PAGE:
See this plant in the following landscape:
Cultivars / Varieties:
  • 'Brabant'
    Foliage aphid resistant
  • 'Green Mountain'
    Faster growth, more heat and drought tolerant
  • 'Sterling'
    Good tolerance to heat and drought, some resistance to Japanese Beetles
'Brabant', 'Green Mountain', 'Sterling'
Tags:
#deciduous#shade tree#full sun tolerant#fragrant flowers#drought tolerant#white flowers#wildlife plant#yellow flowers#nectar plant#salt tolerant#winter interest#fall interest#air pollution tolerant#street tree#salt spray tolerant#provides shade#urban conditions tolerant#butterfly friendly#pollinator garden#bee friendly
 
Cultivars / Varieties:
  • 'Brabant'
    Foliage aphid resistant
  • 'Green Mountain'
    Faster growth, more heat and drought tolerant
  • 'Sterling'
    Good tolerance to heat and drought, some resistance to Japanese Beetles
'Brabant', 'Green Mountain', 'Sterling'
Tags:
#deciduous#shade tree#full sun tolerant#fragrant flowers#drought tolerant#white flowers#wildlife plant#yellow flowers#nectar plant#salt tolerant#winter interest#fall interest#air pollution tolerant#street tree#salt spray tolerant#provides shade#urban conditions tolerant#butterfly friendly#pollinator garden#bee friendly
  • Attributes:
    Genus:
    Tilia
    Species:
    tomentosa
    Family:
    Malvaceae
    Life Cycle:
    Woody
    Recommended Propagation Strategy:
    Grafting
    Layering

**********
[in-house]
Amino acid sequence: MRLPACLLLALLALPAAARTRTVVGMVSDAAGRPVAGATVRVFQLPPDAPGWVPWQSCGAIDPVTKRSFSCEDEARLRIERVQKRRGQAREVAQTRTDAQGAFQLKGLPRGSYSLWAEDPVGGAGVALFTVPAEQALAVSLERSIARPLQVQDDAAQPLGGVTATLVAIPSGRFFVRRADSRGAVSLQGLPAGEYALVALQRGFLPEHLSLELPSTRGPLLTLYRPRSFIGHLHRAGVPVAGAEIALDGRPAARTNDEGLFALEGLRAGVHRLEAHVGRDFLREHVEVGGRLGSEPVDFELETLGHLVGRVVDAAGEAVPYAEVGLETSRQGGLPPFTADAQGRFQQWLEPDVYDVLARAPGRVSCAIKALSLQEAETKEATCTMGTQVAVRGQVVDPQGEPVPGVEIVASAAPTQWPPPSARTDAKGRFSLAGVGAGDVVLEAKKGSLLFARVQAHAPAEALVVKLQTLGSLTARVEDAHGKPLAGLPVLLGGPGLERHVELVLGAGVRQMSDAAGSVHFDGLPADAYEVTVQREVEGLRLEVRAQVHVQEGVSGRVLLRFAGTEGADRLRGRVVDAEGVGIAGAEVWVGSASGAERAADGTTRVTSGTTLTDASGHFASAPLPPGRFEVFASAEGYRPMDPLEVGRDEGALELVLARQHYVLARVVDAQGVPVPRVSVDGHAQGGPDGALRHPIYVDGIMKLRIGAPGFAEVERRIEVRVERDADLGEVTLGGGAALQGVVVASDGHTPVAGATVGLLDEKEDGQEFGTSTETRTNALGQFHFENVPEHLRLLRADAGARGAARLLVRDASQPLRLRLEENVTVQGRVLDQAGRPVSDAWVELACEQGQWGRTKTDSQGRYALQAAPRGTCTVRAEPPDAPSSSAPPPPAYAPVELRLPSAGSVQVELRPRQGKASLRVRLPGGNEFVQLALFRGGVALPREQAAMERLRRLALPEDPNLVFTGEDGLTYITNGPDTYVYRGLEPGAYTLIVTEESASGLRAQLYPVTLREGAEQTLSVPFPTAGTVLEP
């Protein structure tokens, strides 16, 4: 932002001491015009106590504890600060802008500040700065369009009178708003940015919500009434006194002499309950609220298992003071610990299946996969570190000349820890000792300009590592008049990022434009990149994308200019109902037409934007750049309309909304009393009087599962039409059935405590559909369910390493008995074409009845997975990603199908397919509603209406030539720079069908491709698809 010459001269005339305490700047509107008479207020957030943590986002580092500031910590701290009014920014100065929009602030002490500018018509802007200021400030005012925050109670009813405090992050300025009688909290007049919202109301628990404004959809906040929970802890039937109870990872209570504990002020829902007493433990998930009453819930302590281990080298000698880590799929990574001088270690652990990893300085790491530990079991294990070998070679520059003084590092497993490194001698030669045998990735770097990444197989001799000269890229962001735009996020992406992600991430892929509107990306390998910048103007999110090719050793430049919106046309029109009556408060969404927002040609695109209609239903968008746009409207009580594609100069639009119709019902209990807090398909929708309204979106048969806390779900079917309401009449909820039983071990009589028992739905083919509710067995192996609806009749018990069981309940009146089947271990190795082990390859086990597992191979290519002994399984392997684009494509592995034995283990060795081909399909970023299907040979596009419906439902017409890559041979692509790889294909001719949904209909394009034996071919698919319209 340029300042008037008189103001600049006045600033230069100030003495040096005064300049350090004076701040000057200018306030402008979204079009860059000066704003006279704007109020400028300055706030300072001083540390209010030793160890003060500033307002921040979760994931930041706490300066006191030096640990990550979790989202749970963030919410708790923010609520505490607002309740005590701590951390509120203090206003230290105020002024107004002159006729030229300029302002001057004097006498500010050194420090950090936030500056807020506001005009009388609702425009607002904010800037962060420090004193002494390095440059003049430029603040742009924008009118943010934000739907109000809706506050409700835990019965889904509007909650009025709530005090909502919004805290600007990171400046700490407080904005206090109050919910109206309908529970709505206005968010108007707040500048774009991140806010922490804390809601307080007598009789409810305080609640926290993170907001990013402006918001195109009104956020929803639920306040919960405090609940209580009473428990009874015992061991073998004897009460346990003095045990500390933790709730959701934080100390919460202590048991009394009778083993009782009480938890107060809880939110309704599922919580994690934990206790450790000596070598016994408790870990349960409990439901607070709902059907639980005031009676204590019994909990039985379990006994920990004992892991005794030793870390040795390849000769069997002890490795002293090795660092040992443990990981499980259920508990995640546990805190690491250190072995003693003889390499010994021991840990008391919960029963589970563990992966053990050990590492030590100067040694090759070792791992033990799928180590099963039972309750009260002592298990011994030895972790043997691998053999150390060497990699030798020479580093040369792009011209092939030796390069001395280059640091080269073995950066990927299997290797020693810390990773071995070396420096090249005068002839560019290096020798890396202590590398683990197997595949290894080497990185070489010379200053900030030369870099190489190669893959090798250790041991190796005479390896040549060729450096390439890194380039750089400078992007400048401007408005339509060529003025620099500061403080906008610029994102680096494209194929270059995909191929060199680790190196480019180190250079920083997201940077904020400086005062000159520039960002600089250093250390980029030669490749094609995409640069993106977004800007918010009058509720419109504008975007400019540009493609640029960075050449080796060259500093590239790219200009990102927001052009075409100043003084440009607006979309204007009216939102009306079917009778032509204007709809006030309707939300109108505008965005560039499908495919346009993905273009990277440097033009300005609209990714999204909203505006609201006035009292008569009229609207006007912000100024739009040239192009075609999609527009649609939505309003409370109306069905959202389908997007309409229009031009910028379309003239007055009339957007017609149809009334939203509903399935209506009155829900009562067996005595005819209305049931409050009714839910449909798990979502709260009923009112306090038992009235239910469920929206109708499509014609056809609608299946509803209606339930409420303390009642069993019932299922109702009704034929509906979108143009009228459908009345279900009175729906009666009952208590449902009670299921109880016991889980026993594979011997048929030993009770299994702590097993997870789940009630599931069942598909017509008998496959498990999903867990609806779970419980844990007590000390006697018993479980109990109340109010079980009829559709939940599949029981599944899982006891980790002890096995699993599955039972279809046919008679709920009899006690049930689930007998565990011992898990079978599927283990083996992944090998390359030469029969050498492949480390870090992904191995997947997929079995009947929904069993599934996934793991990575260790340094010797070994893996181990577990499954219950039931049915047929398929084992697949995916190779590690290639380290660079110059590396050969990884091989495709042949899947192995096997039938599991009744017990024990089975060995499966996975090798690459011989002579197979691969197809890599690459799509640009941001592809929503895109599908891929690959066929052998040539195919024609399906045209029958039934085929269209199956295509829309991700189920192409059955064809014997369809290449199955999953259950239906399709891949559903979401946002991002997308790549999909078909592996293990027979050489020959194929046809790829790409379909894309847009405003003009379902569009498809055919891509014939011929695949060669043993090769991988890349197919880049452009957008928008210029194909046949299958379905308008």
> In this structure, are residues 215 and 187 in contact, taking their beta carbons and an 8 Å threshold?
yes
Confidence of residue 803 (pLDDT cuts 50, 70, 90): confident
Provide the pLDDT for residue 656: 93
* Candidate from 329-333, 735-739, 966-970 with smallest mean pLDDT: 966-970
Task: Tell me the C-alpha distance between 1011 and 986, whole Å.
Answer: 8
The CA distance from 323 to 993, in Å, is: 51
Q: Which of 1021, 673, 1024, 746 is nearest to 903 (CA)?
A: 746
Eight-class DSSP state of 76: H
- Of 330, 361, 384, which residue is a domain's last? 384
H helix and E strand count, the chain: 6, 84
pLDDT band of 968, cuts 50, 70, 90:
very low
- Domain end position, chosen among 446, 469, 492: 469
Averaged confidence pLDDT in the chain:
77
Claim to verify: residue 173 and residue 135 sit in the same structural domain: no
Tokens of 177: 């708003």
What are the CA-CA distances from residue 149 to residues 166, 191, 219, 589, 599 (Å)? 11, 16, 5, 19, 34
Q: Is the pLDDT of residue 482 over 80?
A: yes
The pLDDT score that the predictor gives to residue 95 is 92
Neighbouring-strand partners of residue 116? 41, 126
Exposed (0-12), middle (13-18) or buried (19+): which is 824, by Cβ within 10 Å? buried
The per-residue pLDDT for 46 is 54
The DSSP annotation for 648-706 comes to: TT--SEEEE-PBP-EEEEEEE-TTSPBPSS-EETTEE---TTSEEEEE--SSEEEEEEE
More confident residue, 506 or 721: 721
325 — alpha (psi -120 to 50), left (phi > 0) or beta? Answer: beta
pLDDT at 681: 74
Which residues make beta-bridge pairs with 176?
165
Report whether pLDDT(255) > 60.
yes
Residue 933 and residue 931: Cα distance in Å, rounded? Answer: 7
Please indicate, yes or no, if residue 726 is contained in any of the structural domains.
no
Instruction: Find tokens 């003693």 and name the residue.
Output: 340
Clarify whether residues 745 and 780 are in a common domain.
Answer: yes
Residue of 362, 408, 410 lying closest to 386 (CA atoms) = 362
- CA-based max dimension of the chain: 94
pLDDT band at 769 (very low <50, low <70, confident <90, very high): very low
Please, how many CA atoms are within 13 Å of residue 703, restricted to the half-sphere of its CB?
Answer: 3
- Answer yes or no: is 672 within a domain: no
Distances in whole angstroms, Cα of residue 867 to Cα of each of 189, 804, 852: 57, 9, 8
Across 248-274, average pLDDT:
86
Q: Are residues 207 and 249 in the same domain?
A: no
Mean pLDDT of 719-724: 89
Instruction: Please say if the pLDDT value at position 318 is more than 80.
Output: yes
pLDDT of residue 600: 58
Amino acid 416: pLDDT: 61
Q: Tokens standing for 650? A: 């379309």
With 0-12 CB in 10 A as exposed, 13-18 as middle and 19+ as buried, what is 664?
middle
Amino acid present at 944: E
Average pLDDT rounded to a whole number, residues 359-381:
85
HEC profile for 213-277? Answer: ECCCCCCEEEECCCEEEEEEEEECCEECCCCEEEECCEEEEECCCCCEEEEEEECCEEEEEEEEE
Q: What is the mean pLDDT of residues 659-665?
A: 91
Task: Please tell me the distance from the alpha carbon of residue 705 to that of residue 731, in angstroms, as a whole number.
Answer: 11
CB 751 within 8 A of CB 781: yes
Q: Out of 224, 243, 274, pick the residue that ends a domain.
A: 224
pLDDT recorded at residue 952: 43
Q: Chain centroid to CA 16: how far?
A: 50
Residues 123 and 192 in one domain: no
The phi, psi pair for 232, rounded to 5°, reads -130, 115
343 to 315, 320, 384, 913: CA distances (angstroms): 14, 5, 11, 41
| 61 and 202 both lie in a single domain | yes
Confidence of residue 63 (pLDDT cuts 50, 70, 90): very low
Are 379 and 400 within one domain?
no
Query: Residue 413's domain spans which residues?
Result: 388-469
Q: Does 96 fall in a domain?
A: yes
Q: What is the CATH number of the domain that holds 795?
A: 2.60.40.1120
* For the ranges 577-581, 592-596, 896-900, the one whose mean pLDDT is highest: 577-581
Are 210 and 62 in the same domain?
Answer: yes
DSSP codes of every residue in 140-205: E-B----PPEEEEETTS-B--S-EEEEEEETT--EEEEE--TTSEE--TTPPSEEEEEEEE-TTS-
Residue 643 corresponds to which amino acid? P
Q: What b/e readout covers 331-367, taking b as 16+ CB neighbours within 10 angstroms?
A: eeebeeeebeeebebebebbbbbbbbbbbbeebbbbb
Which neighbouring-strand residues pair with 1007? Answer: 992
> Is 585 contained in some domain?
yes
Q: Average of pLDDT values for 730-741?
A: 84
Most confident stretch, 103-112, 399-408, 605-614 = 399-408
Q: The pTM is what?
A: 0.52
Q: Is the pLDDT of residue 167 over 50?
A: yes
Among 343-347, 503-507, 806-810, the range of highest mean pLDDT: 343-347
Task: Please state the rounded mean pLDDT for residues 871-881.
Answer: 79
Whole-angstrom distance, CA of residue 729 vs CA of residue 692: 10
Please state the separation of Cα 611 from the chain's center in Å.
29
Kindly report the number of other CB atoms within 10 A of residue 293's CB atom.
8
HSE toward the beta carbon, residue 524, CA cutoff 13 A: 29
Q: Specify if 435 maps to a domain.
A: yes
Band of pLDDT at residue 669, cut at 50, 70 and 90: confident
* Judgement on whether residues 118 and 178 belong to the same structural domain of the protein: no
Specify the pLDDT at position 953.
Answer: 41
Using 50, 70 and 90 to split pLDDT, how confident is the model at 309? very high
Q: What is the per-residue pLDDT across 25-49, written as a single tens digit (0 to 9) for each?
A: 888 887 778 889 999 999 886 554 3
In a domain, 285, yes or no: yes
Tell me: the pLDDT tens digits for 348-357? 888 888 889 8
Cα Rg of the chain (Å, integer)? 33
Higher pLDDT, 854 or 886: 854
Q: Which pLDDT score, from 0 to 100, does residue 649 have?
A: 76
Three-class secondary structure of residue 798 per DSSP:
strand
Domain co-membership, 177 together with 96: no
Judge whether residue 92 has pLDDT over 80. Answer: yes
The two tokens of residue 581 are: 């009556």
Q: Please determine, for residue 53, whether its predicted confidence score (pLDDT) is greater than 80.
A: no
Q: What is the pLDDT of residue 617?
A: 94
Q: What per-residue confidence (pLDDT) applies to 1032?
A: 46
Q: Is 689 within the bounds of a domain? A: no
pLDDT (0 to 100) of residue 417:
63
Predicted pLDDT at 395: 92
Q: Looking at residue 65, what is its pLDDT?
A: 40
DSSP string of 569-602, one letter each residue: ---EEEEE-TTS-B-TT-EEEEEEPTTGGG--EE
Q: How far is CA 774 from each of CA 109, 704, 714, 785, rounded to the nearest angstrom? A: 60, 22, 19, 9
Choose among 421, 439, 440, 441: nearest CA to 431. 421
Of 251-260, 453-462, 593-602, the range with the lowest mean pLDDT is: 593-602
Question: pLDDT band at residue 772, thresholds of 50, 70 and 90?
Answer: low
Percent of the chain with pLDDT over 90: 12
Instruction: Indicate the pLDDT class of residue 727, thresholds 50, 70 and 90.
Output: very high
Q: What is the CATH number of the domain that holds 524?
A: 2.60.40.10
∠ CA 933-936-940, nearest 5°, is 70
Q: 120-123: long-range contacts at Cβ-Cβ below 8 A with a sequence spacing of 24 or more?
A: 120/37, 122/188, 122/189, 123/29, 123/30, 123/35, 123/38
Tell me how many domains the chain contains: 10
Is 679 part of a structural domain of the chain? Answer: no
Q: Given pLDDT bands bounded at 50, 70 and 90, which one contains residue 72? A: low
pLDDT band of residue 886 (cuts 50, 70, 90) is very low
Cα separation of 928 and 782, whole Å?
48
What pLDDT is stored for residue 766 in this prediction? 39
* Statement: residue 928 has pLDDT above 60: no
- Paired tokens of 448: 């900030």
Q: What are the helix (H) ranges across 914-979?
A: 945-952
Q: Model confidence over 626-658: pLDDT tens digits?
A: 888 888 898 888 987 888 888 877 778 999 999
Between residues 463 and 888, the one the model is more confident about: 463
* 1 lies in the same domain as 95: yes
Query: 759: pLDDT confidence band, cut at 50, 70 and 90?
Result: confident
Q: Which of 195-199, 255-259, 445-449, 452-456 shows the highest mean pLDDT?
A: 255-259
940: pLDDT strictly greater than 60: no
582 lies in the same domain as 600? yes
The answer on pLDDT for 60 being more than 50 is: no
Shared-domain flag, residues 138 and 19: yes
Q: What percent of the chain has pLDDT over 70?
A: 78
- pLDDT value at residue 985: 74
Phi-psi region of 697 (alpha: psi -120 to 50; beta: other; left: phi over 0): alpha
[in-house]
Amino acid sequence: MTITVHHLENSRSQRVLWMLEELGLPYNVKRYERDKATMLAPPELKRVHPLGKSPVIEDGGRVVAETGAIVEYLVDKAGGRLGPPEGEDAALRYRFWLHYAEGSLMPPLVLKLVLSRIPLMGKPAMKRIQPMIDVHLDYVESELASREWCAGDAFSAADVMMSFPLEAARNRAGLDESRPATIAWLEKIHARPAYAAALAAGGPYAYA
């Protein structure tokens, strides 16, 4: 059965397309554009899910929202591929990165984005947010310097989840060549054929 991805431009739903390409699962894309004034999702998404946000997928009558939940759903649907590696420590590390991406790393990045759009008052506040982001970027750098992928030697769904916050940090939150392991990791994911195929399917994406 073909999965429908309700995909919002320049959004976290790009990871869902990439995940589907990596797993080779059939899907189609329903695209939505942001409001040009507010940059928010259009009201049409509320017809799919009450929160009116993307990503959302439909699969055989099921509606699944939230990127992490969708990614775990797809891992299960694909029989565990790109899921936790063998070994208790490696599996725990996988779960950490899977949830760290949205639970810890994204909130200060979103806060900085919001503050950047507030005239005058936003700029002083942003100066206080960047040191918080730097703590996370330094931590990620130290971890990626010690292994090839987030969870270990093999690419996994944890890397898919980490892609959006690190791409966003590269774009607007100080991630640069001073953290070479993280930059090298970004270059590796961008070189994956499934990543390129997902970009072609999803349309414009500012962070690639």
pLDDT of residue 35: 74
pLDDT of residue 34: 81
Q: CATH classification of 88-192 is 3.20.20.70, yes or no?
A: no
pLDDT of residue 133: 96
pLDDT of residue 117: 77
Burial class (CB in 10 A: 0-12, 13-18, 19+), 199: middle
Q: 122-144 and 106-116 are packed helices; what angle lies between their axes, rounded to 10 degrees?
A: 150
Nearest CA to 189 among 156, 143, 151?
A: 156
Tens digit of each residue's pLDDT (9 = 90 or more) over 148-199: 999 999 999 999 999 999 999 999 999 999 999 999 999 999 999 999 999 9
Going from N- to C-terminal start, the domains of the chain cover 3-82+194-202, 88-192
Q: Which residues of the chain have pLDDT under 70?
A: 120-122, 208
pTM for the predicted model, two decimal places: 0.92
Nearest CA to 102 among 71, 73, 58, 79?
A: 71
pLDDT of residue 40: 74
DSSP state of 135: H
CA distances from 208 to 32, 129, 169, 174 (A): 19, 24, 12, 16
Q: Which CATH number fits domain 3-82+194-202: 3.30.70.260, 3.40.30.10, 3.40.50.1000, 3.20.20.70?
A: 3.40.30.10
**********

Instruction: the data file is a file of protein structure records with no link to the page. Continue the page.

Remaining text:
Seed
    Country Or Region Of Origin:
    Southeastern Europe and western Asia
    Distribution:
    Native: Albania, Bulgaria, East Agean Island, Greece, Hungry, Lebanon, Romania, Syria, Turkey, Ukraine, and Yugoslavia; Introduced: Austria, Czechoslavakia, Spain, and Uzbekistan
    Wildlife Value:
    Bees ad butterflies are attracted to the nectar-rich flowers,
    Play Value:
    Attractive Flowers
    Attracts Pollinators
    Fragrance
    Particularly Resistant To (Insects/Diseases/Other Problems):
    Moderately drought, salt, pollution, and heat tolerant.
    Dimensions:
    Height: 50 ft. 0 in. - 70 ft. 0 in.
    Width: 30 ft. 0 in. - 50 ft. 0 in.
  • Whole Plant Traits:
    Plant Type:
    Tree
    Woody Plant Leaf Characteristics:
    Deciduous
    Habit/Form:
    Dense
    Erect
    Oval
    Pyramidal
    Growth Rate:
    Rapid
    Maintenance:
    Low
    Texture:
    Medium
  • Cultural Conditions:
    Light:
    Full sun (6 or more hours of direct sunlight a day)
    Partial Shade (Direct sunlight only part of the day, 2-6 hours)
    Soil Texture:
    Loam (Silt)
    Soil pH:
    Alkaline (>8.0)
    Neutral (6.0-8.0)
    Soil Drainage:
    Good Drainage
    Moist
    Available Space To Plant:
    more than 60 feet